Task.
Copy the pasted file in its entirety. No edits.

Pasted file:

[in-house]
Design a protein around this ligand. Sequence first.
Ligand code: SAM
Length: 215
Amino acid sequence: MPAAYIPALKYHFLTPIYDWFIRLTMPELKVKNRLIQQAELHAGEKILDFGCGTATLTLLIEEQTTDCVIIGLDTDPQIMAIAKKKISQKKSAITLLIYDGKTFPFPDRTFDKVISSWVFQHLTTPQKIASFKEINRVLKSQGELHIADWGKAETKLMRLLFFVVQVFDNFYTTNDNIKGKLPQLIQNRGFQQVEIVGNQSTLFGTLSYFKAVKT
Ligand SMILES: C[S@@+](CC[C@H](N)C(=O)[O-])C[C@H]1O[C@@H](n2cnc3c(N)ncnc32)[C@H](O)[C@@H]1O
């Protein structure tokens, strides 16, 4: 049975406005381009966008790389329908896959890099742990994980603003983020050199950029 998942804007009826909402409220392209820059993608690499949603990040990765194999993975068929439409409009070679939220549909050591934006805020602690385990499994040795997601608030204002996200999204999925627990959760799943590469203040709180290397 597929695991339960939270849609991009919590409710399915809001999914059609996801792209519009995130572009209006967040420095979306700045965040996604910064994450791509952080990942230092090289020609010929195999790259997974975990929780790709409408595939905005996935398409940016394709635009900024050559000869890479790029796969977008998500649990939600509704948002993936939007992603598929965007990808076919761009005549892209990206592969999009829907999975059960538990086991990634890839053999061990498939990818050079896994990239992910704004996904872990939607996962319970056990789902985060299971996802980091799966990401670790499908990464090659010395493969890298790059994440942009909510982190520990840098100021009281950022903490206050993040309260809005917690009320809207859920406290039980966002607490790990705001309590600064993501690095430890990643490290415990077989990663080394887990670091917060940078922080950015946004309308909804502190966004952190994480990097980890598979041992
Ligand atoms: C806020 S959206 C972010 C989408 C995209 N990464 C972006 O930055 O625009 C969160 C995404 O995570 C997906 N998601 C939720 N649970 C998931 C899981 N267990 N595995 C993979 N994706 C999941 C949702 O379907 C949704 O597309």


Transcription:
[in-house]
Design a protein around this ligand. Sequence first.
Ligand code: SAM
Length: 215
Amino acid sequence: MPAAYIPALKYHFLTPIYDWFIRLTMPELKVKNRLIQQAELHAGEKILDFGCGTATLTLLIEEQTTDCVIIGLDTDPQIMAIAKKKISQKKSAITLLIYDGKTFPFPDRTFDKVISSWVFQHLTTPQKIASFKEINRVLKSQGELHIADWGKAETKLMRLLFFVVQVFDNFYTTNDNIKGKLPQLIQNRGFQQVEIVGNQSTLFGTLSYFKAVKT
Ligand SMILES: C[S@@+](CC[C@H](N)C(=O)[O-])C[C@H]1O[C@@H](n2cnc3c(N)ncnc32)[C@H](O)[C@@H]1O
């Protein structure tokens, strides 16, 4: 049975406005381009966008790389329908896959890099742990994980603003983020050199950029 998942804007009826909402409220392209820059993608690499949603990040990765194999993975068929439409409009070679939220549909050591934006805020602690385990499994040795997601608030204002996200999204999925627990959760799943590469203040709180290397 597929695991339960939270849609991009919590409710399915809001999914059609996801792209519009995130572009209006967040420095979306700045965040996604910064994450791509952080990942230092090289020609010929195999790259997974975990929780790709409408595939905005996935398409940016394709635009900024050559000869890479790029796969977008998500649990939600509704948002993936939007992603598929965007990808076919761009005549892209990206592969999009829907999975059960538990086991990634890839053999061990498939990818050079896994990239992910704004996904872990939607996962319970056990789902985060299971996802980091799966990401670790499908990464090659010395493969890298790059994440942009909510982190520990840098100021009281950022903490206050993040309260809005917690009320809207859920406290039980966002607490790990705001309590600064993501690095430890990643490290415990077989990663080394887990670091917060940078922080950015946004309308909804502190966004952190994480990097980890598979041992
Ligand atoms: C806020 S959206 C972010 C989408 C995209 N990464 C972006 O930055 O625009 C969160 C995404 O995570 C997906 N998601 C939720 N649970 C998931 C899981 N267990 N595995 C993979 N994706 C999941 C949702 O379907 C949704 O597309």